Good 2-channel does not have to be costly. Many people spend way too much on gear and speakers when they'd have gotten results as good if not better by simply buying wisely. But you are correct that the room is a big factor. Getting a room in shape is no more complicated than any other aspect of hi-fi. It's just that most people don't take the time to learn the basics.
--Ethan

All true. However, getting stereo right or, at least, optimal will still not result in correct disposition of ambiance. It is still coming from the wrong direction and/or is the product of residual listening room acoustics.

I will relate, again, an experience that I had with the Wispelwey SACD of the Britten Cello Suites. Playing it in multichannel SACD, it really sounded superb with excellent presence and warmth of the instrument and a good sense of an acoustic space. I was going to swap the disc or change track but, by chance, I hit the SACD/stereo button on the player just as Wispelwey approached the last note.

As the player jumped to the stereo track, everything changed. First, the presence of the cello receded just a bit as we went from a discrete center to a phantom center, the ambience clouded and, very strangely, the decay of the last note and its reverberation receded away from me, rather than occupying the room (as it did on a replay in MCH).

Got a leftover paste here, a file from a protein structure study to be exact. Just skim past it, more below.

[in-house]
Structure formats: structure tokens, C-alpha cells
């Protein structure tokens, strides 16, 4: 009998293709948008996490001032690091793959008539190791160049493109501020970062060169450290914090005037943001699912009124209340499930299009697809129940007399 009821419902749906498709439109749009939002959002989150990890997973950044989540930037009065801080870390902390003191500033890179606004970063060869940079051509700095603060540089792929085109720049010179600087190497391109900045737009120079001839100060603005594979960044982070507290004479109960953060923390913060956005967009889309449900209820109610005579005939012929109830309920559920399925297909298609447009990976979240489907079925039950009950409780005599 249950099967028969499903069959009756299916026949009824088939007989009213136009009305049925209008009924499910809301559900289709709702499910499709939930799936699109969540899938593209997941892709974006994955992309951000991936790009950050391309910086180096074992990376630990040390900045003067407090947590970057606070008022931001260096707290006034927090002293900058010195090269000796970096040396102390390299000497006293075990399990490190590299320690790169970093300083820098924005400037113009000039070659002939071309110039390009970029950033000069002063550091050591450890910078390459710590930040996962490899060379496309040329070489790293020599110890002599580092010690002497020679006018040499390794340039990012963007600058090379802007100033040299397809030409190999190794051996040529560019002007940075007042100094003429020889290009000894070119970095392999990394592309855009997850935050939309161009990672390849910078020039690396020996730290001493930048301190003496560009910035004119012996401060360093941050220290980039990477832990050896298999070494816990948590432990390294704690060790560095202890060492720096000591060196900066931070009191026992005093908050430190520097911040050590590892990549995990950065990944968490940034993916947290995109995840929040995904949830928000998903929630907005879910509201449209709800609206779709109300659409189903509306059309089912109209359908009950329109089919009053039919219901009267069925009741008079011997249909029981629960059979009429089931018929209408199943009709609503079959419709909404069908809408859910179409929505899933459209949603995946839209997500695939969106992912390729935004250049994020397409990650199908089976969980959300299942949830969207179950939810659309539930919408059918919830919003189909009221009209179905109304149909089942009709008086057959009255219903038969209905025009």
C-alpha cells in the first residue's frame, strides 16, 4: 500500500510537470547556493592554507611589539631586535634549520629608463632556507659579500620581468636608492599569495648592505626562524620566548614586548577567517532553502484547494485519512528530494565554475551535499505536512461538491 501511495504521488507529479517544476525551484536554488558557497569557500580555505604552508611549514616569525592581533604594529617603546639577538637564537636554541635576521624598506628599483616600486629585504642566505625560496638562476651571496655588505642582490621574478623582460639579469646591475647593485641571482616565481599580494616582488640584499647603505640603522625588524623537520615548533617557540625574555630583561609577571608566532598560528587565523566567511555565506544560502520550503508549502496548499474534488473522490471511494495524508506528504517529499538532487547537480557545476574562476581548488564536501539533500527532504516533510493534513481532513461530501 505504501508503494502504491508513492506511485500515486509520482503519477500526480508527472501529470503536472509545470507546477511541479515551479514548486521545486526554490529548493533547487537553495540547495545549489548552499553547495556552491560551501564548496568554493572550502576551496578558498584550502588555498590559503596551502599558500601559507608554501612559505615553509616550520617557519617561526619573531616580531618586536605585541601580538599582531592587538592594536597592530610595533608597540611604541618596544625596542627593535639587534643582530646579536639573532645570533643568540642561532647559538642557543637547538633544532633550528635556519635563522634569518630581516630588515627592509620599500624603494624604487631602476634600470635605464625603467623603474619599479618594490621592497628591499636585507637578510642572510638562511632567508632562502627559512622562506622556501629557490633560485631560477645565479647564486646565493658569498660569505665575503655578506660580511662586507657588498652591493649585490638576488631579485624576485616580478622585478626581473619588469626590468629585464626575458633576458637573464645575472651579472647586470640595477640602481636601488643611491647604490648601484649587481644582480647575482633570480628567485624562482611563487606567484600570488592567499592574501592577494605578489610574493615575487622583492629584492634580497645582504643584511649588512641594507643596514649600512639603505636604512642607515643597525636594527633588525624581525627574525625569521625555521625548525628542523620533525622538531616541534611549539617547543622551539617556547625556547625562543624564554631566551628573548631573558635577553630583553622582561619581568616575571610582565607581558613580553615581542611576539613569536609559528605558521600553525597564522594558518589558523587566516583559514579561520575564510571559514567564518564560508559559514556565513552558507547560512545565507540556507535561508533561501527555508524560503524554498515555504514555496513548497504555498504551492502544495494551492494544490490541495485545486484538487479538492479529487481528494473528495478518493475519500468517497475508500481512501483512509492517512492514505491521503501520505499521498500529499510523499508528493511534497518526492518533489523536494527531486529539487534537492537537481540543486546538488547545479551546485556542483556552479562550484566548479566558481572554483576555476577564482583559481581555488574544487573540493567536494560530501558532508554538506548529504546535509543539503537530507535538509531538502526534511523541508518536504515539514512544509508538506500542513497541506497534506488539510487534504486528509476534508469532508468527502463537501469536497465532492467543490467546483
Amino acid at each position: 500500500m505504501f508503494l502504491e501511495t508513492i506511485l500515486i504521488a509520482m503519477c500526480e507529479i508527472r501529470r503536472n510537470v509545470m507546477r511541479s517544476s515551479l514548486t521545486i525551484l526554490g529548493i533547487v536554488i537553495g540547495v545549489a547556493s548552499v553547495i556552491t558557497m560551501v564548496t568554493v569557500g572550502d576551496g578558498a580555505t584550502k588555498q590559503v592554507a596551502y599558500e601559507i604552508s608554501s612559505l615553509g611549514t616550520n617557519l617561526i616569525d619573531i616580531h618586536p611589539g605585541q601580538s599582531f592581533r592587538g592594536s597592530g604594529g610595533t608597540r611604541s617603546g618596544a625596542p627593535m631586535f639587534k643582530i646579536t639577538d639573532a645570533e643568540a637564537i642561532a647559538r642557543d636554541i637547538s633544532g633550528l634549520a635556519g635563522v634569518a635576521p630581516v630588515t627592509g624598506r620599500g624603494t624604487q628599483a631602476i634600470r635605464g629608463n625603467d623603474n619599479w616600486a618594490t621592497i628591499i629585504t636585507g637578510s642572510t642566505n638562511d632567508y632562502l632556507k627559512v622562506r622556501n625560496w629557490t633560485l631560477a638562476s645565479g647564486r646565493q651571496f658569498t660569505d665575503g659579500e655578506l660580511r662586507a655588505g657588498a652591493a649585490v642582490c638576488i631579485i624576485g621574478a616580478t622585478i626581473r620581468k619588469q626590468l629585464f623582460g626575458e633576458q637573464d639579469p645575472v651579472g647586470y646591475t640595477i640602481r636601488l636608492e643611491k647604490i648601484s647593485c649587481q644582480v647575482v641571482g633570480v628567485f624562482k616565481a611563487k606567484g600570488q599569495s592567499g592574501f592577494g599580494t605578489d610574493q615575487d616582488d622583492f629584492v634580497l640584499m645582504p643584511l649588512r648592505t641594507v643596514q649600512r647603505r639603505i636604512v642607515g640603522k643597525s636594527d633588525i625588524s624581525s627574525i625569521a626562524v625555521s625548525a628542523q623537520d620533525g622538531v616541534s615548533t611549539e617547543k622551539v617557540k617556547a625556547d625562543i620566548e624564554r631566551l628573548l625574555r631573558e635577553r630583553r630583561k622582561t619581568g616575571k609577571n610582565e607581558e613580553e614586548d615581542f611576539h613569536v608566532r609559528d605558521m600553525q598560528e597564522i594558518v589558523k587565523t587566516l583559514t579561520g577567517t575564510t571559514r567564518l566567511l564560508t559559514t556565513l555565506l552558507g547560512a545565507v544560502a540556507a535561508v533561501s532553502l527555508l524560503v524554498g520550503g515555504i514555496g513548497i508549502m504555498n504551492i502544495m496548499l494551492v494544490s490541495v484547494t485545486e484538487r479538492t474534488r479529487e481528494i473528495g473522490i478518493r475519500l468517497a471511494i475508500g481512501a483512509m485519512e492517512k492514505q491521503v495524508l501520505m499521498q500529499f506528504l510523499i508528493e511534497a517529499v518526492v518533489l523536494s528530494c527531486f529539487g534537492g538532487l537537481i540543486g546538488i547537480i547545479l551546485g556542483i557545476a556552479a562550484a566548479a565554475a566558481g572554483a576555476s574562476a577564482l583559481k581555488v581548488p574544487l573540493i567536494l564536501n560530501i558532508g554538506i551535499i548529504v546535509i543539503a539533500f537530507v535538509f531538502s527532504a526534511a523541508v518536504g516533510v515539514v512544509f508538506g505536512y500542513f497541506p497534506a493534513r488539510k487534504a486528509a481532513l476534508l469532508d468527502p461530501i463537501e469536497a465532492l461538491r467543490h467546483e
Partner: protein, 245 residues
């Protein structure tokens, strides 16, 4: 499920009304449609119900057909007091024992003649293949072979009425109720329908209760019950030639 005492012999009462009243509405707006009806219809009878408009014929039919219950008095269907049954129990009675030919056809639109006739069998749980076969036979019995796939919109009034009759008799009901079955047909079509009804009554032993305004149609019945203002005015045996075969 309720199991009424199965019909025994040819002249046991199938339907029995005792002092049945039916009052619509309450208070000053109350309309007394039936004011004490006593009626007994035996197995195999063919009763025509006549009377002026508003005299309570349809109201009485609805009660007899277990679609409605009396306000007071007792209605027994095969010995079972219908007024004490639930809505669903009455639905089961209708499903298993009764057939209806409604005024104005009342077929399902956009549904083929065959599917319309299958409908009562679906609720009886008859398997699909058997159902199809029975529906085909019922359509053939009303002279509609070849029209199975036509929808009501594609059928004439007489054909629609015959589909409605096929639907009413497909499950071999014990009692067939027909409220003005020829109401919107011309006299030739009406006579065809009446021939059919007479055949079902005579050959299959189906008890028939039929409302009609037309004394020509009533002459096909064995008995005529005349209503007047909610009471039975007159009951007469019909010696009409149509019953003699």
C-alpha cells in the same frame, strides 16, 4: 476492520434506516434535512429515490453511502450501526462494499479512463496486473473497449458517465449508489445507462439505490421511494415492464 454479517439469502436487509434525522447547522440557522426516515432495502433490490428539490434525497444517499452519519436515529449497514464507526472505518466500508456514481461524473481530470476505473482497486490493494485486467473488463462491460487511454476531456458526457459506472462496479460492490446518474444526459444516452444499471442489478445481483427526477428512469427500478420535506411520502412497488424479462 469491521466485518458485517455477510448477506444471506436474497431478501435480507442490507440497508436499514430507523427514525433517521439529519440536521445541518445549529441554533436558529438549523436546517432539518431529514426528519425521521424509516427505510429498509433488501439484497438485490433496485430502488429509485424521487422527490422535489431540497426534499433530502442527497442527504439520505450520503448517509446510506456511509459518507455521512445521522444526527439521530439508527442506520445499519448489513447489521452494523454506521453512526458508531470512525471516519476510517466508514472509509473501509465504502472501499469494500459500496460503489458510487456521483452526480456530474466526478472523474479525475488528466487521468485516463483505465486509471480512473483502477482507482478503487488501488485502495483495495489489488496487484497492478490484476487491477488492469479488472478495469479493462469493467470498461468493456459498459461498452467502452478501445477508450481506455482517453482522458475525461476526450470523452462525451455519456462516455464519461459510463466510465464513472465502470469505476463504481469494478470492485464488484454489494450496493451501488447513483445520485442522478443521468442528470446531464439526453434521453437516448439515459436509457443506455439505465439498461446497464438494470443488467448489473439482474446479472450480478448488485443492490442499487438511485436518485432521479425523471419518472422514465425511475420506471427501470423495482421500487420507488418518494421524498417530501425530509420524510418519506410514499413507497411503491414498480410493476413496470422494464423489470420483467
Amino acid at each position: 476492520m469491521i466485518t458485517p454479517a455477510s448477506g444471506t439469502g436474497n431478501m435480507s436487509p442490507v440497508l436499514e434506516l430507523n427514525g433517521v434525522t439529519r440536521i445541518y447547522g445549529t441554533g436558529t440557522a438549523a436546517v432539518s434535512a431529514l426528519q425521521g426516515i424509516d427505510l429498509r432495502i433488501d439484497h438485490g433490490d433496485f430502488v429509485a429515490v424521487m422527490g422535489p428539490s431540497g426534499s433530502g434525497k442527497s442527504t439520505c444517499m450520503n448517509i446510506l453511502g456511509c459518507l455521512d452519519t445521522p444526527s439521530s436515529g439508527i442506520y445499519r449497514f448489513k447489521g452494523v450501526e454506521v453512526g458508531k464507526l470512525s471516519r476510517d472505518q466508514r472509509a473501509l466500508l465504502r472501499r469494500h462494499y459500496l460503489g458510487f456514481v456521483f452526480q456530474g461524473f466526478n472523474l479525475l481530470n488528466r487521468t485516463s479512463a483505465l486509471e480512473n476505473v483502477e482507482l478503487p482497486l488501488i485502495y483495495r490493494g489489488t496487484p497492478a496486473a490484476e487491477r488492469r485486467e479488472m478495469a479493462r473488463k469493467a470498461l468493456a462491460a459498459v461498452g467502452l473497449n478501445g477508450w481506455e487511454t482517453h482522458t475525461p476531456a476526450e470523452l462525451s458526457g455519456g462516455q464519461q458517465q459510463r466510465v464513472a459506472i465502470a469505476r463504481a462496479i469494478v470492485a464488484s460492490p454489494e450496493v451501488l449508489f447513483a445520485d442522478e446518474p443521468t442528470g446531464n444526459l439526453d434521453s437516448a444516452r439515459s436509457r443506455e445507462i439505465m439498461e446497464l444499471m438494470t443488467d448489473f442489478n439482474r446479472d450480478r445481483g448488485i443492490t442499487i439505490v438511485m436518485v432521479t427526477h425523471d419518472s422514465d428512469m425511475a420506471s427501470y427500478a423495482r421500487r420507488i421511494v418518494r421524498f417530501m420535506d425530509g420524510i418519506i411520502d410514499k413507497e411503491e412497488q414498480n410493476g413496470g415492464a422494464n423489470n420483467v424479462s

So, all the arguments about cost, bother and complexity are real. Nonetheless, all my experience makes me adamantly in favor of MCH. YMMV.

Kal

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Re: So why doesn't multi-channel ever seem to stick?

Where's DUP? We need him to chime in on multichannel as it relates to vinyl

CECE
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Re: So why doesn't multi-channel ever seem to stick?

Yeah, those Quadraphonic records worked out real well, didn't they? Was that like middle 70's? Hafler had surround sound ideas before any one did, with his Dynaco QD-1 Quadapter...it did a good job of adding a bit of ambiance, low cost, just clever thinking.

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Re: So why doesn't multi-channel ever seem to stick?